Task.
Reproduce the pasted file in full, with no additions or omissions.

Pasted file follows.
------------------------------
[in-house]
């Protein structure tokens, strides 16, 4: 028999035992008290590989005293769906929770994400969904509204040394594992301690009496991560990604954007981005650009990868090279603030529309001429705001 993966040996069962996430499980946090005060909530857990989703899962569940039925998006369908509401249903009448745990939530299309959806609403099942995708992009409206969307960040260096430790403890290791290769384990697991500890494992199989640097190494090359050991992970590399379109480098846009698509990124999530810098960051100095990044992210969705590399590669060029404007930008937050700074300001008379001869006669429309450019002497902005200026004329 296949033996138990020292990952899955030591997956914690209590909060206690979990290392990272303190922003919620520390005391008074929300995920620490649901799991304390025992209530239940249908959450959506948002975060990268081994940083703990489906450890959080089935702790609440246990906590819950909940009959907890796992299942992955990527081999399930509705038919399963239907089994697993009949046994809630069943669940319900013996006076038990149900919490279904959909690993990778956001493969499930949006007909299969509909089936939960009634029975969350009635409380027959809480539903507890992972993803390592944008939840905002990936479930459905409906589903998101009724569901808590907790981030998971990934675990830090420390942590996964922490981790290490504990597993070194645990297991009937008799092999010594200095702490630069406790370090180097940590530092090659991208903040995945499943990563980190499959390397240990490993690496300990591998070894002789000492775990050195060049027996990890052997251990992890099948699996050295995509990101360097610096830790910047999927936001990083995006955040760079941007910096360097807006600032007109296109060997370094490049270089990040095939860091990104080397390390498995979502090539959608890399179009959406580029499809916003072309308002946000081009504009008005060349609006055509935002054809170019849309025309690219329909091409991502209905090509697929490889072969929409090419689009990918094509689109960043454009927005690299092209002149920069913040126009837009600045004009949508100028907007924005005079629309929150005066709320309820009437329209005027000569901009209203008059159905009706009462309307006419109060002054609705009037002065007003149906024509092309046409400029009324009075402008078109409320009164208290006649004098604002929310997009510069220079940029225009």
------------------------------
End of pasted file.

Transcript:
[in-house]
């Protein structure tokens, strides 16, 4: 028999035992008290590989005293769906929770994400969904509204040394594992301690009496991560990604954007981005650009990868090279603030529309001429705001 993966040996069962996430499980946090005060909530857990989703899962569940039925998006369908509401249903009448745990939530299309959806609403099942995708992009409206969307960040260096430790403890290791290769384990697991500890494992199989640097190494090359050991992970590399379109480098846009698509990124999530810098960051100095990044992210969705590399590669060029404007930008937050700074300001008379001869006669429309450019002497902005200026004329 296949033996138990020292990952899955030591997956914690209590909060206690979990290392990272303190922003919620520390005391008074929300995920620490649901799991304390025992209530239940249908959450959506948002975060990268081994940083703990489906450890959080089935702790609440246990906590819950909940009959907890796992299942992955990527081999399930509705038919399963239907089994697993009949046994809630069943669940319900013996006076038990149900919490279904959909690993990778956001493969499930949006007909299969509909089936939960009634029975969350009635409380027959809480539903507890992972993803390592944008939840905002990936479930459905409906589903998101009724569901808590907790981030998971990934675990830090420390942590996964922490981790290490504990597993070194645990297991009937008799092999010594200095702490630069406790370090180097940590530092090659991208903040995945499943990563980190499959390397240990490993690496300990591998070894002789000492775990050195060049027996990890052997251990992890099948699996050295995509990101360097610096830790910047999927936001990083995006955040760079941007910096360097807006600032007109296109060997370094490049270089990040095939860091990104080397390390498995979502090539959608890399179009959406580029499809916003072309308002946000081009504009008005060349609006055509935002054809170019849309025309690219329909091409991502209905090509697929490889072969929409090419689009990918094509689109960043454009927005690299092209002149920069913040126009837009600045004009949508100028907007924005005079629309929150005066709320309820009437329209005027000569901009209203008059159905009706009462309307006419109060002054609705009037002065007003149906024509092309046409400029009324009075402008078109409320009164208290006649004098604002929310997009510069220079940029225009």